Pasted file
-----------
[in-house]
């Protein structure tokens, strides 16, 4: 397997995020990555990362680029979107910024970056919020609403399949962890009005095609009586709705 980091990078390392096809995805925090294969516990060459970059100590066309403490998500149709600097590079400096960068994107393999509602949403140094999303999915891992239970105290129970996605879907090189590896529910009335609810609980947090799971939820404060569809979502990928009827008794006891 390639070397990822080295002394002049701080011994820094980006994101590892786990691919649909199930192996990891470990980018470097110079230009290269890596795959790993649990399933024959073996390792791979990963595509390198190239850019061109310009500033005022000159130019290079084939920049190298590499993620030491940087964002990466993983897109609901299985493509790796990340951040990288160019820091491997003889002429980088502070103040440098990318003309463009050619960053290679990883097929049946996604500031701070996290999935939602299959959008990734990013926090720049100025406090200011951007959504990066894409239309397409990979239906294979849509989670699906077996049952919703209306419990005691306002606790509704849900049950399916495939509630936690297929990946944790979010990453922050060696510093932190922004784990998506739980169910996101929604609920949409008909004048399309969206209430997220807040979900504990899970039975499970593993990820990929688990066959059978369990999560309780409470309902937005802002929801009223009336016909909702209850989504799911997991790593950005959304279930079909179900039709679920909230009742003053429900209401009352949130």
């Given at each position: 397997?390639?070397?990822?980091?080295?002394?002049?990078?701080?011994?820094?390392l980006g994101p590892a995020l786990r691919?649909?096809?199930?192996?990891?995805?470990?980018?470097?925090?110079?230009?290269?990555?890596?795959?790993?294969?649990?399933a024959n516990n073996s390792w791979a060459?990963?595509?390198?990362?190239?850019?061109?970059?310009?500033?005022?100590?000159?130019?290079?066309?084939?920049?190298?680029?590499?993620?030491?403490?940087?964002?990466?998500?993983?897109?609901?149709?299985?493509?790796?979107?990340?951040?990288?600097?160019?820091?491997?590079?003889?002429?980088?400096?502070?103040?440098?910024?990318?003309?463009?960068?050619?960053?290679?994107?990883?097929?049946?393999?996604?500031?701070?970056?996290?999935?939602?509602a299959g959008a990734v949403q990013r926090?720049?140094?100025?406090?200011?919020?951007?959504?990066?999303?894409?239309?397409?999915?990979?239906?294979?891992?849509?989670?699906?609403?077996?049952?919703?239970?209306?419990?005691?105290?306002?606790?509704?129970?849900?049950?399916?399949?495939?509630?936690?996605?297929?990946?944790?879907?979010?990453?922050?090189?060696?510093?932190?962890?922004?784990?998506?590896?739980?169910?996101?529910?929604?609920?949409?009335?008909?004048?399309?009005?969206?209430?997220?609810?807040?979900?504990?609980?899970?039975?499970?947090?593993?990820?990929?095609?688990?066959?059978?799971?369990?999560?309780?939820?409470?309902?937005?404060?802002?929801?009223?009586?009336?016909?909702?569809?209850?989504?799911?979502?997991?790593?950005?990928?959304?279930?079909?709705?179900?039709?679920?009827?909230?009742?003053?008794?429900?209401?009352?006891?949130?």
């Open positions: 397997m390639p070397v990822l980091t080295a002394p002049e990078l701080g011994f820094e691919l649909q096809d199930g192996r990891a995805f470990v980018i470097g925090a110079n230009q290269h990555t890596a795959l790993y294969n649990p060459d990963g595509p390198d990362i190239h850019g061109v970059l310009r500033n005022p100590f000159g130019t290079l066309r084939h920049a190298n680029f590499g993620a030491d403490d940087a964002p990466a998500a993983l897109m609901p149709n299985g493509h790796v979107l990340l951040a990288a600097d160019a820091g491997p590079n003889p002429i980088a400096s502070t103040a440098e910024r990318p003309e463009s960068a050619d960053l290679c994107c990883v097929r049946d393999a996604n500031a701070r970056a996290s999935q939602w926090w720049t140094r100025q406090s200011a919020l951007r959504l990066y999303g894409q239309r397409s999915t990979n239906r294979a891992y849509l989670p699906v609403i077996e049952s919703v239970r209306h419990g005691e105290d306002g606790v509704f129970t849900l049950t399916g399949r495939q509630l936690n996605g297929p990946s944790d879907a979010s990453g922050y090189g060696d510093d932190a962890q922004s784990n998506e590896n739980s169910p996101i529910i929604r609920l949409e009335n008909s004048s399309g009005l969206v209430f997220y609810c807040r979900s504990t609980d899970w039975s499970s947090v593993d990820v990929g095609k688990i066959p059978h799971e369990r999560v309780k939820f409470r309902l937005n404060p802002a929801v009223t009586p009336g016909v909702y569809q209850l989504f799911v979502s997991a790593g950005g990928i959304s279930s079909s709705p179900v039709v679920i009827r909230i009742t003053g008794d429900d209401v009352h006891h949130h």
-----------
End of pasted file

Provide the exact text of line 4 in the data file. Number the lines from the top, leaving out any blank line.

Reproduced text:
């Open positions: 397997m390639p070397v990822l980091t080295a002394p002049e990078l701080g011994f820094e691919l649909q096809d199930g192996r990891a995805f470990v980018i470097g925090a110079n230009q290269h990555t890596a795959l790993y294969n649990p060459d990963g595509p390198d990362i190239h850019g061109v970059l310009r500033n005022p100590f000159g130019t290079l066309r084939h920049a190298n680029f590499g993620a030491d403490d940087a964002p990466a998500a993983l897109m609901p149709n299985g493509h790796v979107l990340l951040a990288a600097d160019a820091g491997p590079n003889p002429i980088a400096s502070t103040a440098e910024r990318p003309e463009s960068a050619d960053l290679c994107c990883v097929r049946d393999a996604n500031a701070r970056a996290s999935q939602w926090w720049t140094r100025q406090s200011a919020l951007r959504l990066y999303g894409q239309r397409s999915t990979n239906r294979a891992y849509l989670p699906v609403i077996e049952s919703v239970r209306h419990g005691e105290d306002g606790v509704f129970t849900l049950t399916g399949r495939q509630l936690n996605g297929p990946s944790d879907a979010s990453g922050y090189g060696d510093d932190a962890q922004s784990n998506e590896n739980s169910p996101i529910i929604r609920l949409e009335n008909s004048s399309g009005l969206v209430f997220y609810c807040r979900s504990t609980d899970w039975s499970s947090v593993d990820v990929g095609k688990i066959p059978h799971e369990r999560v309780k939820f409470r309902l937005n404060p802002a929801v009223t009586p009336g016909v909702y569809q209850l989504f799911v979502s997991a790593g950005g990928i959304s279930s079909s709705p179900v039709v679920i009827r909230i009742t003053g008794d429900d209401v009352h006891h949130h």